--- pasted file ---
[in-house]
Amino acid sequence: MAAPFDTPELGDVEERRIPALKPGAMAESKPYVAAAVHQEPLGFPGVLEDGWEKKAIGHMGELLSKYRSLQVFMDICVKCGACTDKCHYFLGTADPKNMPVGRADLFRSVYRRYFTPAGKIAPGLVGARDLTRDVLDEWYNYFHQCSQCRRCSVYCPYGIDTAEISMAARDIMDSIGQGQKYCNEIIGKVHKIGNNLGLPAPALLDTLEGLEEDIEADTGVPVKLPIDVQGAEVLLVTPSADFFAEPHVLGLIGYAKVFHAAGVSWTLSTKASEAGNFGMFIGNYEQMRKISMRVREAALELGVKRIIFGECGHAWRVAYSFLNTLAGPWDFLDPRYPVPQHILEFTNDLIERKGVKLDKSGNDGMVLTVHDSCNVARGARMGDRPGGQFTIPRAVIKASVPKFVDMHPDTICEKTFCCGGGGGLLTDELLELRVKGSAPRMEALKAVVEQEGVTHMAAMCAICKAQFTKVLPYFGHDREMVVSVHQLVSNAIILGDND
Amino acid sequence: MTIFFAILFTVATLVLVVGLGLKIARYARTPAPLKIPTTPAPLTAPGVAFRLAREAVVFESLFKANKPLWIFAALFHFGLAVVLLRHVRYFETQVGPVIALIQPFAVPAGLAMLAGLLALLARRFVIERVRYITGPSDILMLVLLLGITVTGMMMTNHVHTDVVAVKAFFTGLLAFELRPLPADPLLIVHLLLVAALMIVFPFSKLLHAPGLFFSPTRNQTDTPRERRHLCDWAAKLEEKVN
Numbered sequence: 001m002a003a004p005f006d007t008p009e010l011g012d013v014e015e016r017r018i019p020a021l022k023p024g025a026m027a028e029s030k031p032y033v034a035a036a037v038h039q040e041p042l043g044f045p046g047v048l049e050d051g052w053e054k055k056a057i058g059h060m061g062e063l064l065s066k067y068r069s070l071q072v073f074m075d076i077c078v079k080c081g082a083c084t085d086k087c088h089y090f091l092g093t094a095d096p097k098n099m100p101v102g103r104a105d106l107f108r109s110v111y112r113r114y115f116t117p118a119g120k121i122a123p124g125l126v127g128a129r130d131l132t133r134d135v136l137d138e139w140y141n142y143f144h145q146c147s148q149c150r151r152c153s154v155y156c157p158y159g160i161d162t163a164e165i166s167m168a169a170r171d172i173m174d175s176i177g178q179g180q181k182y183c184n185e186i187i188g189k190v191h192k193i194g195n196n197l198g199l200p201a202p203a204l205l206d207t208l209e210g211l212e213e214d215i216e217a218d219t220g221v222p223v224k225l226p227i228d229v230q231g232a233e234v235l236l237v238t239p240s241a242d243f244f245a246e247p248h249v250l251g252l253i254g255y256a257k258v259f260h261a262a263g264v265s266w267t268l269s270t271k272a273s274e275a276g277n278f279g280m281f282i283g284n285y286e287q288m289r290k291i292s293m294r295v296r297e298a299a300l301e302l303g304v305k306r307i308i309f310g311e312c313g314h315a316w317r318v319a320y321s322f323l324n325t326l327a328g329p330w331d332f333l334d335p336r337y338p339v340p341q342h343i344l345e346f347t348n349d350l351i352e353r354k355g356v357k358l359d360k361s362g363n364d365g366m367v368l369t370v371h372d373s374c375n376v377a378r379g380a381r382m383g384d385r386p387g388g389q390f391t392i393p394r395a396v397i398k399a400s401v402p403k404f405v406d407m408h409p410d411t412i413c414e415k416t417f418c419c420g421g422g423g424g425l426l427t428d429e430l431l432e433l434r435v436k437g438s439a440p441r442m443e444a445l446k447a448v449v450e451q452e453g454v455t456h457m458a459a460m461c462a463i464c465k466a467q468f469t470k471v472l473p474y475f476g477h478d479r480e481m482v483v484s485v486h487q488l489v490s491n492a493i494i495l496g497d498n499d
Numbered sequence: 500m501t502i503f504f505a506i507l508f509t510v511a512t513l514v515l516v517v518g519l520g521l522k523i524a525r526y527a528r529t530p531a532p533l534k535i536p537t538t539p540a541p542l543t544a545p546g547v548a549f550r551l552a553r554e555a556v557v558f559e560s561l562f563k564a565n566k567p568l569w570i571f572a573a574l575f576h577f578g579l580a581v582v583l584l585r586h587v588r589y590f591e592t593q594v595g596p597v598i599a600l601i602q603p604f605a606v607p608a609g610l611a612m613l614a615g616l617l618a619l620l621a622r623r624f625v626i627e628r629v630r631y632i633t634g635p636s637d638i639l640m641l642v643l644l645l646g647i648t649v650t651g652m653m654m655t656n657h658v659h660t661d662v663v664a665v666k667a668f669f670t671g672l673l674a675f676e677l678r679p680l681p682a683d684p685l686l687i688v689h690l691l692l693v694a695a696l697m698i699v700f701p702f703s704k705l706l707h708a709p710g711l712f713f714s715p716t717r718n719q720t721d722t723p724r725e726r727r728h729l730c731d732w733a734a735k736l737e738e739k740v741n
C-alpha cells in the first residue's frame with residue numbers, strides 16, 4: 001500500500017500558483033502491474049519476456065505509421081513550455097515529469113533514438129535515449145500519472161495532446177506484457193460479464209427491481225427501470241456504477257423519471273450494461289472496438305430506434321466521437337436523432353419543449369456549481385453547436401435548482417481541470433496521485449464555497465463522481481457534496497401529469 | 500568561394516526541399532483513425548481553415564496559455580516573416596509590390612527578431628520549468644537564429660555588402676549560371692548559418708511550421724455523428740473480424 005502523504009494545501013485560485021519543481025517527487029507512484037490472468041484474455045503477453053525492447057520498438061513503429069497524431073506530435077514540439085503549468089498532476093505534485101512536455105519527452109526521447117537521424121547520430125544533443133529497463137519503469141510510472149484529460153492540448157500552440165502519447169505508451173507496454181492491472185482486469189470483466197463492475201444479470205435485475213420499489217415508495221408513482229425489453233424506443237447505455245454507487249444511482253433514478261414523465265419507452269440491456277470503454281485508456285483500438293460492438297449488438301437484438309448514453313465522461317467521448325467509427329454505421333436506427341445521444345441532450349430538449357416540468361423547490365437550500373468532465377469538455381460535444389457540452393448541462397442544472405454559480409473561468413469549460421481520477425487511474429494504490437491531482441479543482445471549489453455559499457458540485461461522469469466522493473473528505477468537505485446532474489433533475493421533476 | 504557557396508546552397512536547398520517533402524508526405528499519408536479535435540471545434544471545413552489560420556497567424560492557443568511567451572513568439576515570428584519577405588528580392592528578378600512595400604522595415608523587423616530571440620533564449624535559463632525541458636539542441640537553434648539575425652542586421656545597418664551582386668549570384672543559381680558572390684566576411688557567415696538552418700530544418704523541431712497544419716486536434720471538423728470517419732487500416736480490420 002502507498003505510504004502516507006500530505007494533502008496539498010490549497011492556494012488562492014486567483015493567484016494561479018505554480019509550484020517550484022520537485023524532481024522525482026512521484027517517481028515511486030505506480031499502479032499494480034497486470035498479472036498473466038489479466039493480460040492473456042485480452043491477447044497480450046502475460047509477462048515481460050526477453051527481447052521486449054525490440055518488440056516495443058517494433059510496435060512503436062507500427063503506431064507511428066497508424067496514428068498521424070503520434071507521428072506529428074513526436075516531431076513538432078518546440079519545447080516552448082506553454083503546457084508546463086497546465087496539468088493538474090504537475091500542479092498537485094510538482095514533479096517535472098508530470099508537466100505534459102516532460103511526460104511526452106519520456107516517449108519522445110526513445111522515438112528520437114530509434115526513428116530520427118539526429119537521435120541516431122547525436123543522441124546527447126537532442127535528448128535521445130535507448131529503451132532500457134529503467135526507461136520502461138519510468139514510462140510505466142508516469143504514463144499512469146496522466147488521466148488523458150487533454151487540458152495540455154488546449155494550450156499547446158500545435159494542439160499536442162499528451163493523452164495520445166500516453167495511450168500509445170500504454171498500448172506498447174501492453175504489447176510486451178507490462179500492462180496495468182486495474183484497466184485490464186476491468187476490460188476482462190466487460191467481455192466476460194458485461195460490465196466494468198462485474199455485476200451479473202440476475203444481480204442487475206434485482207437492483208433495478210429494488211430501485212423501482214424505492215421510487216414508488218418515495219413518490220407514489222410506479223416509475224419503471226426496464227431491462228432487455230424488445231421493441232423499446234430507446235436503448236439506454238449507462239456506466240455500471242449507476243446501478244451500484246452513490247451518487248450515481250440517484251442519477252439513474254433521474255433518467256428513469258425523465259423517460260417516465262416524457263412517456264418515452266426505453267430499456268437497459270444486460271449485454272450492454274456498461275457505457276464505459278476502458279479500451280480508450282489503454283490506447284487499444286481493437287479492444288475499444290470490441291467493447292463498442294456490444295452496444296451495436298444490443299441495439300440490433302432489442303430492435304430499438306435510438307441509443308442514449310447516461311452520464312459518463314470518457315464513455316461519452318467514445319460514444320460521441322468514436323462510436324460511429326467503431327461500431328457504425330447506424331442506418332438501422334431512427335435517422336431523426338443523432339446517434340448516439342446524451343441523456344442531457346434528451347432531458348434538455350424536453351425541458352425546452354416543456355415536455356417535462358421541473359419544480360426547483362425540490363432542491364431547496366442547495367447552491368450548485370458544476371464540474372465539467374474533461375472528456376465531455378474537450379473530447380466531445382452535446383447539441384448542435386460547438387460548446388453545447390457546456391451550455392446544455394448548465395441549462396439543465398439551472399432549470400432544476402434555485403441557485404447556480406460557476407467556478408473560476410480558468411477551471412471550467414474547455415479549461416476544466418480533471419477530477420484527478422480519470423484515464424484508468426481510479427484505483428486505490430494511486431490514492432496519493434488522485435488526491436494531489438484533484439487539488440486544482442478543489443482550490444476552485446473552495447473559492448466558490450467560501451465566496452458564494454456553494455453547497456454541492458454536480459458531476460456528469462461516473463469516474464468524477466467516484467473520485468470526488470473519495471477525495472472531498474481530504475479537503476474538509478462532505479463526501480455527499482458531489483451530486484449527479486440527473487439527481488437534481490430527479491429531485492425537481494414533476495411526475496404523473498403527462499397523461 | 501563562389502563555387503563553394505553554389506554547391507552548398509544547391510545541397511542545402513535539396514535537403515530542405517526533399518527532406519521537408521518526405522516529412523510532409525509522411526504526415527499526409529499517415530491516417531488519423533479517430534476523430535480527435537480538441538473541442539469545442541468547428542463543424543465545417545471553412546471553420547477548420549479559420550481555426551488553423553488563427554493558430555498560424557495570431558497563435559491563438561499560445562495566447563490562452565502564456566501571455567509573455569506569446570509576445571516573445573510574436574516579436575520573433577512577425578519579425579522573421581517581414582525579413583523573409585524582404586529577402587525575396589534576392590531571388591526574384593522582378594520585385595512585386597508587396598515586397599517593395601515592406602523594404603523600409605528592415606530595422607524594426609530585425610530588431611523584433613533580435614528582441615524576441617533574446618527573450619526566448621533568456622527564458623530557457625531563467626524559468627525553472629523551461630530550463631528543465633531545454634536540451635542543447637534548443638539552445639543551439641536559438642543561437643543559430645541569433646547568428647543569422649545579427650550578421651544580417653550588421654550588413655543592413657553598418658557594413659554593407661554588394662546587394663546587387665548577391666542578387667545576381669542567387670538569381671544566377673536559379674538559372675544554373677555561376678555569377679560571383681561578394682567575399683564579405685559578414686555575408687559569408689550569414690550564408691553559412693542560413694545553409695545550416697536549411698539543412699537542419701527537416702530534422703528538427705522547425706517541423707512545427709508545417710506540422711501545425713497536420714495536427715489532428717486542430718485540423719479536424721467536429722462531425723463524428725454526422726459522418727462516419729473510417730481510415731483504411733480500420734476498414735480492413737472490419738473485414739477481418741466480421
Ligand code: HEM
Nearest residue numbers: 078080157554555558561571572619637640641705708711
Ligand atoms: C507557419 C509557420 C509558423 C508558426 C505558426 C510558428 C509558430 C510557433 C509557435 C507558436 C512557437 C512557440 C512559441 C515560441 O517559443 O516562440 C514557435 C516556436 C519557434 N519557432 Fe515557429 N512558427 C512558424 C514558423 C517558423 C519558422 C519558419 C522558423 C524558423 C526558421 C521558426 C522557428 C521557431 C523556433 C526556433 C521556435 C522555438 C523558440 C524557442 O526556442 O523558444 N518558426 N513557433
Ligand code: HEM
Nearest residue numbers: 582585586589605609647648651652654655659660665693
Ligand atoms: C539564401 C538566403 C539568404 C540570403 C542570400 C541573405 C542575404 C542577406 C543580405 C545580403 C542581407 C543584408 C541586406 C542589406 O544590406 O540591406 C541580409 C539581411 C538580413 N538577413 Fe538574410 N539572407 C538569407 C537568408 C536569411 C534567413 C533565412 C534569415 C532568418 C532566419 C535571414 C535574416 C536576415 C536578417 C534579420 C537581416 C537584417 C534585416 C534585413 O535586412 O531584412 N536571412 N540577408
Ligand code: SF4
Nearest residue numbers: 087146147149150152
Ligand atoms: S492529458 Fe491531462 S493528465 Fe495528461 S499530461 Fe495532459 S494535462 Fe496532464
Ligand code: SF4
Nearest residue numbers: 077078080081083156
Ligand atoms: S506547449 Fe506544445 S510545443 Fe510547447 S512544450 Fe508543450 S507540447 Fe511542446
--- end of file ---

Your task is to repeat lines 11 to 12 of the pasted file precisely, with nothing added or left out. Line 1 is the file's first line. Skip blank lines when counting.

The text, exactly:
Nearest residue numbers: 582585586589605609647648651652654655659660665693
Ligand atoms: C539564401 C538566403 C539568404 C540570403 C542570400 C541573405 C542575404 C542577406 C543580405 C545580403 C542581407 C543584408 C541586406 C542589406 O544590406 O540591406 C541580409 C539581411 C538580413 N538577413 Fe538574410 N539572407 C538569407 C537568408 C536569411 C534567413 C533565412 C534569415 C532568418 C532566419 C535571414 C535574416 C536576415 C536578417 C534579420 C537581416 C537584417 C534585416 C534585413 O535586412 O531584412 N536571412 N540577408